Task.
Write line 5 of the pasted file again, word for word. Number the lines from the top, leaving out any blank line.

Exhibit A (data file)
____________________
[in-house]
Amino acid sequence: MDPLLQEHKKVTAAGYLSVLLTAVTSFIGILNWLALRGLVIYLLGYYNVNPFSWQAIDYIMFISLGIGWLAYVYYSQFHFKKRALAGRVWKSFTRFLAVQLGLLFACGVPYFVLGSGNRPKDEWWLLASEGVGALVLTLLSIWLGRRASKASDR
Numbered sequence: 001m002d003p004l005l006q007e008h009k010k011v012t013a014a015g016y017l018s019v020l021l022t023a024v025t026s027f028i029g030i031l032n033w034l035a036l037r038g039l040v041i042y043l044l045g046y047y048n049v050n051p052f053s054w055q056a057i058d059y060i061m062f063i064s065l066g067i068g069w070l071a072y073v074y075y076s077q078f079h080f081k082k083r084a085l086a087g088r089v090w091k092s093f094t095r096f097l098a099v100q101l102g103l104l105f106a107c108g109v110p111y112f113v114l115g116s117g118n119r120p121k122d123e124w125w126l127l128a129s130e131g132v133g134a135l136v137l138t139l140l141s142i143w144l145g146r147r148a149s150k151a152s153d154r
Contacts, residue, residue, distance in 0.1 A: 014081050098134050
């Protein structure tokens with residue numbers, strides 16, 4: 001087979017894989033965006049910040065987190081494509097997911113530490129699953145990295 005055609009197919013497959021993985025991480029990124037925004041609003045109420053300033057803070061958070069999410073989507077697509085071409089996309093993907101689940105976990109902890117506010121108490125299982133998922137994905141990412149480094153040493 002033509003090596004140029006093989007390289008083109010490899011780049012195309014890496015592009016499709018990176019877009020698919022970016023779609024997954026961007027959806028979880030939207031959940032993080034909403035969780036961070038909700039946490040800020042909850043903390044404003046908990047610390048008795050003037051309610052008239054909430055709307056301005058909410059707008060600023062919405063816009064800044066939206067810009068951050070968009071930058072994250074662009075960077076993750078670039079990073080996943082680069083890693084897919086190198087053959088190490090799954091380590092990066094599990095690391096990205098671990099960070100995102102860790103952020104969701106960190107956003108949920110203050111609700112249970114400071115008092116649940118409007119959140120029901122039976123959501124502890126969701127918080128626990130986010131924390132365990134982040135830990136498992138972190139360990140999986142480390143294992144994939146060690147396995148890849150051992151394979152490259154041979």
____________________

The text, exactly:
């Protein structure tokens with residue numbers, strides 16, 4: 001087979017894989033965006049910040065987190081494509097997911113530490129699953145990295 005055609009197919013497959021993985025991480029990124037925004041609003045109420053300033057803070061958070069999410073989507077697509085071409089996309093993907101689940105976990109902890117506010121108490125299982133998922137994905141990412149480094153040493 002033509003090596004140029006093989007390289008083109010490899011780049012195309014890496015592009016499709018990176019877009020698919022970016023779609024997954026961007027959806028979880030939207031959940032993080034909403035969780036961070038909700039946490040800020042909850043903390044404003046908990047610390048008795050003037051309610052008239054909430055709307056301005058909410059707008060600023062919405063816009064800044066939206067810009068951050070968009071930058072994250074662009075960077076993750078670039079990073080996943082680069083890693084897919086190198087053959088190490090799954091380590092990066094599990095690391096990205098671990099960070100995102102860790103952020104969701106960190107956003108949920110203050111609700112249970114400071115008092116649940118409007119959140120029901122039976123959501124502890126969701127918080128626990130986010131924390132365990134982040135830990136498992138972190139360990140999986142480390143294992144994939146060690147396995148890849150051992151394979152490259154041979």